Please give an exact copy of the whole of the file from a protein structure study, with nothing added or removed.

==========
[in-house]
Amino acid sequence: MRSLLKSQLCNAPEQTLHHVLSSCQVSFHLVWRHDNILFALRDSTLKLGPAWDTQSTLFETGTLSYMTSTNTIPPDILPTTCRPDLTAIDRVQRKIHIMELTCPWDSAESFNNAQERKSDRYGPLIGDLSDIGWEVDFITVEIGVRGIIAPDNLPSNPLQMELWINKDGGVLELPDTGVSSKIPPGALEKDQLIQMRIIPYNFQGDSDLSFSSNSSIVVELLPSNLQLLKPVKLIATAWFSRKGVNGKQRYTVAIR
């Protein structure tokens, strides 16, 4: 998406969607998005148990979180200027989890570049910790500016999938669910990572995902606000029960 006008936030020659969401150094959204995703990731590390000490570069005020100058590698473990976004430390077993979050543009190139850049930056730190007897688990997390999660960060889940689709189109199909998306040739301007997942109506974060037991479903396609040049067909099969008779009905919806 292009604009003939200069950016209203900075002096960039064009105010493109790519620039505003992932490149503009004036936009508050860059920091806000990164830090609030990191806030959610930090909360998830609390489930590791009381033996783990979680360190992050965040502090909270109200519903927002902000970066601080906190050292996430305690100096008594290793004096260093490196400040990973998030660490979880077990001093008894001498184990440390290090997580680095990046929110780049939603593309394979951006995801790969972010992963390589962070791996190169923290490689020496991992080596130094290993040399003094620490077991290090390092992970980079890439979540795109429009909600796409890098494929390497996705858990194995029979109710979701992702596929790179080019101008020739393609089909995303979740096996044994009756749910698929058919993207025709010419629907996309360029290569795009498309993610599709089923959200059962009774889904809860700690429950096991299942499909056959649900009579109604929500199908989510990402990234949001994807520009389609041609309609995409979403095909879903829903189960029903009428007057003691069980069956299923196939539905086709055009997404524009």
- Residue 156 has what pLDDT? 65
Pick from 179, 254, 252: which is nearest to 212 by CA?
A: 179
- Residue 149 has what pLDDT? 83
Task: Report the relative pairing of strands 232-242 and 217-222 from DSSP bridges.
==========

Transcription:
[in-house]
Amino acid sequence: MRSLLKSQLCNAPEQTLHHVLSSCQVSFHLVWRHDNILFALRDSTLKLGPAWDTQSTLFETGTLSYMTSTNTIPPDILPTTCRPDLTAIDRVQRKIHIMELTCPWDSAESFNNAQERKSDRYGPLIGDLSDIGWEVDFITVEIGVRGIIAPDNLPSNPLQMELWINKDGGVLELPDTGVSSKIPPGALEKDQLIQMRIIPYNFQGDSDLSFSSNSSIVVELLPSNLQLLKPVKLIATAWFSRKGVNGKQRYTVAIR
């Protein structure tokens, strides 16, 4: 998406969607998005148990979180200027989890570049910790500016999938669910990572995902606000029960 006008936030020659969401150094959204995703990731590390000490570069005020100058590698473990976004430390077993979050543009190139850049930056730190007897688990997390999660960060889940689709189109199909998306040739301007997942109506974060037991479903396609040049067909099969008779009905919806 292009604009003939200069950016209203900075002096960039064009105010493109790519620039505003992932490149503009004036936009508050860059920091806000990164830090609030990191806030959610930090909360998830609390489930590791009381033996783990979680360190992050965040502090909270109200519903927002902000970066601080906190050292996430305690100096008594290793004096260093490196400040990973998030660490979880077990001093008894001498184990440390290090997580680095990046929110780049939603593309394979951006995801790969972010992963390589962070791996190169923290490689020496991992080596130094290993040399003094620490077991290090390092992970980079890439979540795109429009909600796409890098494929390497996705858990194995029979109710979701992702596929790179080019101008020739393609089909995303979740096996044994009756749910698929058919993207025709010419629907996309360029290569795009498309993610599709089923959200059962009774889904809860700690429950096991299942499909056959649900009579109604929500199908989510990402990234949001994807520009389609041609309609995409979403095909879903829903189960029903009428007057003691069980069956299923196939539905086709055009997404524009």
- Residue 156 has what pLDDT? 65
Pick from 179, 254, 252: which is nearest to 212 by CA?
A: 179
- Residue 149 has what pLDDT? 83
Task: Report the relative pairing of strands 232-242 and 217-222 from DSSP bridges.